For those of us working in social care issues of immunology, infection prevention and control and vaccination have become centre stage to our concern and focus since Covid and for the majority of practitioners they remain so. Sadly, there are still people dying of Covid every week and there are still individuals who every week die as a result of developing other infectious diseases such as influenza. Yet the impact of infectious disease seems to be continually marginalised and ignored. So, the role of immunology remains or at least should remain of primary concern to the practitioners of social care.

When I was in Nottingham the latest report from Public Health Scotland was published and it showed a fall in Covid-19 and flu vaccine uptake for all eligible groups in the winter that has just passed when the figures of uptake were compared to winter 2022/23.

Like many I am increasingly concerned that vaccination rates seem to be going in the wrong direction. That concern has critically to do with the extent to which – despite the naysayers and anti-vaccination lobby – there is clear evidence that vaccinations have saved the lives of and protected tens of millions of individuals against so many conditions, not least Covid and influenzas.

In addressing the figures, Dr Sam Ghebrehewet, Head of Vaccination and Immunisation, at Public Health Scotland said:

“Vaccination remains the best protection against severe outcomes of both flu and COVID-19 and reduces the likelihood of severe illness, hospital admission, and in some cases death. Work is underway to understand the reasons behind the decrease in vaccine uptake. This is crucial to ensure that those most vulnerable are aware of their eligibility for vaccination.”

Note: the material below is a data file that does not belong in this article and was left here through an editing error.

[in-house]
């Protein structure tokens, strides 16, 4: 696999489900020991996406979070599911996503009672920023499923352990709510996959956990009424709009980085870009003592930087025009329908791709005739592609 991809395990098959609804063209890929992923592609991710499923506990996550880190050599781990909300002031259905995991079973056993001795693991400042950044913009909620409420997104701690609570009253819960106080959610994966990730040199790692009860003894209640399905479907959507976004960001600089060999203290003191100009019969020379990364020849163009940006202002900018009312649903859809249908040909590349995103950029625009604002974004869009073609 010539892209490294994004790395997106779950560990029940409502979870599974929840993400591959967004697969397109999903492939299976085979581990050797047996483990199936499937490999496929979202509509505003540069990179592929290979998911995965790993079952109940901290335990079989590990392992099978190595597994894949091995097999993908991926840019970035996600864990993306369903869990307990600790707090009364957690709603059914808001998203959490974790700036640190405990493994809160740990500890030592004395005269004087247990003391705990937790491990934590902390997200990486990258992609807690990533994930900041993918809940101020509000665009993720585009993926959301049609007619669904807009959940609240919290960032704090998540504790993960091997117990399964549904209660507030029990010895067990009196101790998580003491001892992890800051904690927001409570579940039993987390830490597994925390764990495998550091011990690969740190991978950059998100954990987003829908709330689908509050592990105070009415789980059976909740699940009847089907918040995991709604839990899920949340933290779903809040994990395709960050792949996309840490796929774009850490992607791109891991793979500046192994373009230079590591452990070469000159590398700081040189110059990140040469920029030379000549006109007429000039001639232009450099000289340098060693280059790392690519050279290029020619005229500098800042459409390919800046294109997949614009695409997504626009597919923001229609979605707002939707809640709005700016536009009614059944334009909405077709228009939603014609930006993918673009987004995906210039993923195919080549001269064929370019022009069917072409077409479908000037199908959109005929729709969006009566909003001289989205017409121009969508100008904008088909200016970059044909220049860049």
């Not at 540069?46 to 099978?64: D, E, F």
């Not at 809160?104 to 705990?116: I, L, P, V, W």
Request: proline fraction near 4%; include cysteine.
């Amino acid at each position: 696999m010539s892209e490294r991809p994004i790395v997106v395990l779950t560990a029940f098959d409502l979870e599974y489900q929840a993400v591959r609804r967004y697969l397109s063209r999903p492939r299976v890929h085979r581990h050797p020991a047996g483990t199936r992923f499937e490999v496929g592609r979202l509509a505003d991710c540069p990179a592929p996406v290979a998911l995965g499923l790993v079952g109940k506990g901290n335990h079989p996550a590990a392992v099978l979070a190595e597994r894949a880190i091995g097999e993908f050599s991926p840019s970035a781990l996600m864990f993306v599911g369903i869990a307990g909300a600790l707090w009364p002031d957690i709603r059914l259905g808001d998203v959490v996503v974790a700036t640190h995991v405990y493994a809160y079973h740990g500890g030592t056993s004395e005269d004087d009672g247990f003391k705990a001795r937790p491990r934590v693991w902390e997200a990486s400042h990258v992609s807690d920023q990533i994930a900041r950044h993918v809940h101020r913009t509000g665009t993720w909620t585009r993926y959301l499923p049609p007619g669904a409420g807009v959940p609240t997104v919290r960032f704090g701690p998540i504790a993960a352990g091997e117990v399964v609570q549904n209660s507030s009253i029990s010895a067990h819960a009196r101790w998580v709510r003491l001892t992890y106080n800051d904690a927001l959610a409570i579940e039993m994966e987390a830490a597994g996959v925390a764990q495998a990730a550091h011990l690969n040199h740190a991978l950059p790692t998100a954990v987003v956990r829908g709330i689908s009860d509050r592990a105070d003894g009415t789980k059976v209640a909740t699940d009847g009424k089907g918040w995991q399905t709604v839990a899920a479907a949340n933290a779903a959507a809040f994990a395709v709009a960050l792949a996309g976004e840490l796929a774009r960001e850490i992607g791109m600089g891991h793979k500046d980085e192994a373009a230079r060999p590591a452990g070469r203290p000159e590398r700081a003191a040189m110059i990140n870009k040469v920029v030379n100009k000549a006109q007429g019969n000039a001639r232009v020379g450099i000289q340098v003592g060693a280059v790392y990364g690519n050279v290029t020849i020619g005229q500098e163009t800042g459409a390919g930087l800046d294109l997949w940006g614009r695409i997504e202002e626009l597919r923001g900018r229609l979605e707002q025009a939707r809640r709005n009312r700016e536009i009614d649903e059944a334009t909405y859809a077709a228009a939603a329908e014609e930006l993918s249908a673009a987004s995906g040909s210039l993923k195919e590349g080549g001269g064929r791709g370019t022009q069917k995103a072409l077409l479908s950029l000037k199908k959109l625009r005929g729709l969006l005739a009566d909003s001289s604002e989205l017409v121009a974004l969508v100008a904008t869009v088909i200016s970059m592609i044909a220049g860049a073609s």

I suspect that some of the answer to those explorations will be (though I know this will not be articulated) a lessening in focus and priority on the role of vaccines in general not least by the prioritisation given to it through planning and resource allocation. At the height of the pandemic or most especially in the latter days of late 2020 when the first vaccines began to be rolled out, there was significant co-operation between the worlds of health and social care around vaccination both for residents in care homes, older people supported in the community and the health and social care workforce. That co-operation and joint working is sadly much diminished and so I fear that there is a lack of co-ordination, targeted support and priority.

We know for vaccination programmes to work well that vaccines need to be delivered to people in a manner which is as easy as possible. For many this will be at their local community pharmacy and for health and social care staff at their place of work. Whilst vaccines at work remain a priority for colleagues in the NHS sadly this is not the case for social care staff. Expecting workers in their own time to go and get vaccinated is inevitably going to reduce uptake not least when we are talking about those who are in roles which do not earn a lot of money and many of whom have to work extra shifts or extra jobs. As I have said on numerous occasions for a vaccination programme to work in the care sector, we need to take the vaccines to people, and we need to make sure that we address myth and scepticism which exists around vaccination.